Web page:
X-Message-Number: 11028
Date: Mon, 4 Jan 1999 13:35:42 -0500
From: "Stephen W. Bridge" <>
Subject: More on Escrow Accounts

To CryoNet
From Steve Bridge
Chairman of the Board
Alcor Life Extension Foundation
January 4, 1999
In reply to   Message #11014
              From:   (Rick Pierce)
              Date: Sat, 2 Jan 1999 10:40:19 EST
              Subject: Re: CryoNet #11005 - #11010
>To Steve Bridge:
>I am not an accountant or a lawyer, nor do I know anything about
>estate planning and I do not mean to drag out this discussion of
>escrow accounts however, I am a Real Estate Developer and we do this
>all the time and there is not any work to speak of.  I have clients
>that will enter into a deal and leave a deposit with the Brokerage
>Agency which they put in an escrow account.  This is not income to
>the Brokers and they release it upon request.  For the Brokers it is
>a non-event.  The only work required is to make a record of the
>deposit.  I have monies that have been sitting in there for years
>that I have just never bothered to collect, at least not yet.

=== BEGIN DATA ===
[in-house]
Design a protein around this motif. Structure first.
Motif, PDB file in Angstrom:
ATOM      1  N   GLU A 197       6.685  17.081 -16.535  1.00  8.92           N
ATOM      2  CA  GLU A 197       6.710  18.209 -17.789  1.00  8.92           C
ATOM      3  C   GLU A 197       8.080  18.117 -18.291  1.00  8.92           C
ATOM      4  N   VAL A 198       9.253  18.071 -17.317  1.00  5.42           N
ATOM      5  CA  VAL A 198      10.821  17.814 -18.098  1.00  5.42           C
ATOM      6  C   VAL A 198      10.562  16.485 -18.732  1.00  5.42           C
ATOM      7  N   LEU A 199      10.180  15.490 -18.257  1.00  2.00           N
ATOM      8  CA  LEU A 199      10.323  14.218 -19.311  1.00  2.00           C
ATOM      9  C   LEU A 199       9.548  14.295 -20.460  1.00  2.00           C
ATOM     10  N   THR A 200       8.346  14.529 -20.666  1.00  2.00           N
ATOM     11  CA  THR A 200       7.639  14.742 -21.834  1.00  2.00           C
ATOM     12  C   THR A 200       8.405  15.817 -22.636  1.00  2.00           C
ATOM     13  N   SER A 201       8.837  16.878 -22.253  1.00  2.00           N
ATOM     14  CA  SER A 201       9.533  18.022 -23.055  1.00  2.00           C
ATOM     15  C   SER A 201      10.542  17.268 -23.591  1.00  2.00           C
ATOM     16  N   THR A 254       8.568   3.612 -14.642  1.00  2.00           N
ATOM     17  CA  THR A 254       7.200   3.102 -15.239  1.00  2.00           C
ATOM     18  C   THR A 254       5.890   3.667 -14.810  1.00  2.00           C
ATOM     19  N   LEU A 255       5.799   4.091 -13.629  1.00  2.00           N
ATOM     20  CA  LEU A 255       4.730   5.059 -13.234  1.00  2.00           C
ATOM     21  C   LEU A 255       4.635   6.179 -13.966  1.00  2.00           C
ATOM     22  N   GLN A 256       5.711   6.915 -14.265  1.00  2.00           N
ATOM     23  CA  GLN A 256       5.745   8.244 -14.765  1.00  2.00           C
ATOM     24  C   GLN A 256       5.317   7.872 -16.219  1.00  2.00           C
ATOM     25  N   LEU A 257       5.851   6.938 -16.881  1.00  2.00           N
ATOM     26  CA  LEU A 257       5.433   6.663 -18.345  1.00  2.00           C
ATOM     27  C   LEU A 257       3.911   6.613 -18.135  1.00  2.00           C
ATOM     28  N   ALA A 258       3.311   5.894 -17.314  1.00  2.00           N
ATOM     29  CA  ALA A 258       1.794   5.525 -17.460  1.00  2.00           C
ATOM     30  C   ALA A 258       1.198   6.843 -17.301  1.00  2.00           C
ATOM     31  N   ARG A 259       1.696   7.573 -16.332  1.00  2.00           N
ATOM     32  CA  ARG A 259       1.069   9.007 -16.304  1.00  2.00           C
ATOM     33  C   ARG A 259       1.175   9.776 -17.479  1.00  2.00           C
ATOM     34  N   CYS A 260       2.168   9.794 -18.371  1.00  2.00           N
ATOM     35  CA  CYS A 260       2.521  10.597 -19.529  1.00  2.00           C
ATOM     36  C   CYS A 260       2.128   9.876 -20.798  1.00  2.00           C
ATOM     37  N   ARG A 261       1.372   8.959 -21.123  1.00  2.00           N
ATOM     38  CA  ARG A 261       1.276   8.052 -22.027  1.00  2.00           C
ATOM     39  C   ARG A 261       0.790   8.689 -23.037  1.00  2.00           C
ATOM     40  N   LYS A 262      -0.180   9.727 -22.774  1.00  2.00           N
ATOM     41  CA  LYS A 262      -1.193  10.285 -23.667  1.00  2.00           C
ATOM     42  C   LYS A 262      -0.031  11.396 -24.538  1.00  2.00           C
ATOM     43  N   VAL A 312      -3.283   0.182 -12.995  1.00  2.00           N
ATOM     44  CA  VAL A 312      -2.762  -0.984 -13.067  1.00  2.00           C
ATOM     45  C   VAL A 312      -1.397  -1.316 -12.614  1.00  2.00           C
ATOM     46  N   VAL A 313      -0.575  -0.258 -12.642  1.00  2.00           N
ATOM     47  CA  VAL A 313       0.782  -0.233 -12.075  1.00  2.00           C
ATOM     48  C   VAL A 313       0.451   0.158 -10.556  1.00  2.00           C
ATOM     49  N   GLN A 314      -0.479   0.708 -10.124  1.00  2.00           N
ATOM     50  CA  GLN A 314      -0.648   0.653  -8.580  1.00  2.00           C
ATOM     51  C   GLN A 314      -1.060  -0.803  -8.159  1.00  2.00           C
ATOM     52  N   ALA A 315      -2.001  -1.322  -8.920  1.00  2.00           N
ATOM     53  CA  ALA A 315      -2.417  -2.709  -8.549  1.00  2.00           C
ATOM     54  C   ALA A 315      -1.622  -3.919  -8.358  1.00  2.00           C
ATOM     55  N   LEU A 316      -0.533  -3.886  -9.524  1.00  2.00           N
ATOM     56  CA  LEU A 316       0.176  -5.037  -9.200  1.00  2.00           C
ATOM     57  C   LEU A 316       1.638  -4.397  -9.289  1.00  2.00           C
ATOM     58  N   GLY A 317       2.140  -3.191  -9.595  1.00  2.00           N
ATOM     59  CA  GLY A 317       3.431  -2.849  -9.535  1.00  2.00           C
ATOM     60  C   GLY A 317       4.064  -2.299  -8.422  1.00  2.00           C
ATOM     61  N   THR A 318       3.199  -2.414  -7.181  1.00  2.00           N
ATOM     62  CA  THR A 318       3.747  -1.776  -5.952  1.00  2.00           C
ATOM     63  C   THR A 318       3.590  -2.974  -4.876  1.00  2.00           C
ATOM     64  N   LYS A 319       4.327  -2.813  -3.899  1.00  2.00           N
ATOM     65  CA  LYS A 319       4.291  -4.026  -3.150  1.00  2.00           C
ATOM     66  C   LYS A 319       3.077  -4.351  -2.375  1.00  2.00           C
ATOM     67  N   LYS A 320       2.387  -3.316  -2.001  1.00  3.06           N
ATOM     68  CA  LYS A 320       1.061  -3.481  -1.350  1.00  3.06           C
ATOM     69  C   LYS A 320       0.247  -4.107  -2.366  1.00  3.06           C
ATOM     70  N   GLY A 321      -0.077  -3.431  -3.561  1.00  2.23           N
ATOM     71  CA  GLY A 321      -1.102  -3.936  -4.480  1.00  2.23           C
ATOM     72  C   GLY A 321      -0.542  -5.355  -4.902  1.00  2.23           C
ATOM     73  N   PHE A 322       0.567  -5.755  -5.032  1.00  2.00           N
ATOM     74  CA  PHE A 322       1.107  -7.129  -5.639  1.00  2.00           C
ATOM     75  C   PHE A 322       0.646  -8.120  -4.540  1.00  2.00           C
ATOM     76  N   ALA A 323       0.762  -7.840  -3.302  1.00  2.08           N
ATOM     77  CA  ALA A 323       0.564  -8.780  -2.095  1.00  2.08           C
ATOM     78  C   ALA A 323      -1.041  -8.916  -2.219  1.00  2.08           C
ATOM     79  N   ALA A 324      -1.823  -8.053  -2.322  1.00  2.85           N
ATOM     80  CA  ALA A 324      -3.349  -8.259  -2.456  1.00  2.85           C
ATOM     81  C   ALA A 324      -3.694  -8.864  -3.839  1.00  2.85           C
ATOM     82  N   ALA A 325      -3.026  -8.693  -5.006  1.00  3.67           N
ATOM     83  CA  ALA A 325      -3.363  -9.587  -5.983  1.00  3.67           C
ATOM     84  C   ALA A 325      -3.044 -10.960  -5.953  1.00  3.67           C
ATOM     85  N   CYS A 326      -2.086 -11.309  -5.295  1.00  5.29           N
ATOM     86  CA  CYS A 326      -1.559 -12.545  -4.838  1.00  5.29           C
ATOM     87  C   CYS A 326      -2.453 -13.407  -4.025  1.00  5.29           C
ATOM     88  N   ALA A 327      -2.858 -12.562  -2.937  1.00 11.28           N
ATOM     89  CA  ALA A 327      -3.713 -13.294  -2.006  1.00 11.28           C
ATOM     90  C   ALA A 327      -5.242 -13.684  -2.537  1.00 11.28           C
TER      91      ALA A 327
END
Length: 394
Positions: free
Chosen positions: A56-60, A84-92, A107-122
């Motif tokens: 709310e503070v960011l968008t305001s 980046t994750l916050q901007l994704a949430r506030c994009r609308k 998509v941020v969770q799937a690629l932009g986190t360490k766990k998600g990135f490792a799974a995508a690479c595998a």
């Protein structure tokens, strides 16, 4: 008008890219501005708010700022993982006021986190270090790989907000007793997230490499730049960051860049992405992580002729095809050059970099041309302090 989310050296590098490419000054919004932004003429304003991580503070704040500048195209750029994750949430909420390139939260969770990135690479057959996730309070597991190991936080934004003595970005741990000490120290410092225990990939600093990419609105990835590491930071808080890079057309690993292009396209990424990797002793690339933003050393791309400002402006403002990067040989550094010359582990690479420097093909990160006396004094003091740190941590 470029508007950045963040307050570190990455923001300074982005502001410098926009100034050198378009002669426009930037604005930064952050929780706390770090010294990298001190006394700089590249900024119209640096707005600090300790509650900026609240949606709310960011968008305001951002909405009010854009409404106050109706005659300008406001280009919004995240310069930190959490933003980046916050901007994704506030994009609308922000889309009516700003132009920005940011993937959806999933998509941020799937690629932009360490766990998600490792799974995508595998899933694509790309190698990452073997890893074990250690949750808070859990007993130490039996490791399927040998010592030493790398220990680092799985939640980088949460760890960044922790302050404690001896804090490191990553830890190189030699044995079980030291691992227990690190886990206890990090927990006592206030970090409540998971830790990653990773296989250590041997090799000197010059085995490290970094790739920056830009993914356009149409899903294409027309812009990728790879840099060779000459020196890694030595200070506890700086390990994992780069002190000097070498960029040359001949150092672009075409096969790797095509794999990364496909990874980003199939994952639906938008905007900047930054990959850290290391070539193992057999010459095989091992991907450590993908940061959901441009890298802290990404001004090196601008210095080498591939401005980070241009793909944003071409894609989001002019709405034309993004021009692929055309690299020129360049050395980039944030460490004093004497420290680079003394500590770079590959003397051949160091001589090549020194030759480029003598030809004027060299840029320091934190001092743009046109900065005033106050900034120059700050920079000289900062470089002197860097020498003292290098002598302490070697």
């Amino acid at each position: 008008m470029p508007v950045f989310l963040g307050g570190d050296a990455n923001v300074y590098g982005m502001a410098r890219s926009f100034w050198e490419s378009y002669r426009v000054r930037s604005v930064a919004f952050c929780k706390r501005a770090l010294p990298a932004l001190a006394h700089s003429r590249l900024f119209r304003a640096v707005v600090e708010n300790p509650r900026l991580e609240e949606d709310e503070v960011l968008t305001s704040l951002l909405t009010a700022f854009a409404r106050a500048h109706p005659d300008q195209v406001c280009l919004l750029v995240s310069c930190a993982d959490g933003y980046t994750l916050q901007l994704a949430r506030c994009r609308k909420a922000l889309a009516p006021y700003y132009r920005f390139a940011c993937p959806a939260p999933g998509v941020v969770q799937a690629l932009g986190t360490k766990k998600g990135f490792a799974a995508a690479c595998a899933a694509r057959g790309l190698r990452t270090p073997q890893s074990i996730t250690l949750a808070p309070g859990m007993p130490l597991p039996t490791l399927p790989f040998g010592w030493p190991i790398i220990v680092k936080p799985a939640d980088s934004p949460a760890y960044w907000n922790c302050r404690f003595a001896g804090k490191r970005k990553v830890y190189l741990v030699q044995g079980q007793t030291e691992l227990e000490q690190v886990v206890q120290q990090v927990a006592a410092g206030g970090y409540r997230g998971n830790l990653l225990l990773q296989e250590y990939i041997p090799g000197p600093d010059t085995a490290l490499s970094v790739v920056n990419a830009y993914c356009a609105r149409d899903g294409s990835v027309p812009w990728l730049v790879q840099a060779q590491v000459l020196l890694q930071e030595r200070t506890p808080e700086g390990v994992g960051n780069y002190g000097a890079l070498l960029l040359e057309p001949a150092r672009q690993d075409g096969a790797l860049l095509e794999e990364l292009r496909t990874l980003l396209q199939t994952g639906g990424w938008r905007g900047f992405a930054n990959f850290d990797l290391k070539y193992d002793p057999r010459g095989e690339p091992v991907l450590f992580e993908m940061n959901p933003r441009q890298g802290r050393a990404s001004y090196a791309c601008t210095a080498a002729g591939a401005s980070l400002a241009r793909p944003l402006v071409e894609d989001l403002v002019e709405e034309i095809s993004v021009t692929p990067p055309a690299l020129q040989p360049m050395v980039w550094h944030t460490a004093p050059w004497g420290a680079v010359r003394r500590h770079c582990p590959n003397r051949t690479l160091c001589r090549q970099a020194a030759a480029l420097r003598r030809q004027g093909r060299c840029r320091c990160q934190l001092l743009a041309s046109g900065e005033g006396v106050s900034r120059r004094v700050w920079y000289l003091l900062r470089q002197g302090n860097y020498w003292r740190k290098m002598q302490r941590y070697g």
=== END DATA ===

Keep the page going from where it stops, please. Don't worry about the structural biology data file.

Rick, I am also not an accountant or lawyer, merely experienced at
working with those who are, while running Alcor for four years.  Now
that I see your more detailed explanation, I realize that an important
consideration is missing -- have you ever held "escrow" accounts for
people who are *legally dead*?  Escrow accounts are typically for a
specific, temporary purpose such as paying taxes on a house and not
designed as saving accounts or trusts.
In any circumstance I am familiar with, if an individual died with
money in an escrow account for his house payments, that account would
become part of the *estate* of the deceased (or rolled over to
ownership of the wife, if the house was in both names).  At that
point, the escrow account would no longer be under any control of
yours (although possibly under your temporary "management"), but would
eventually become the property of his heirs.  Clearly this would not
work for a reanimation account.
In fact, Alcor *does*, in a sense, have something like escrow accounts
for a few members.  When a member wishes to pay cash for his
cryopreservation in advance of death (a small number of people do
this), Alcor does not spend that money.  We place it into an FDIC-
insured account at a bank and do not touch it until that person's
deanimation.  Until that time, the funds do not belong to Alcor.  We
treat that account as a "conditional donation."  If the condition of
legal death occurs, then this money becomes the property of Alcor as a
donation.  If the individual changes his mind about Alcor or about
cryonics, then he regains custody of the funds.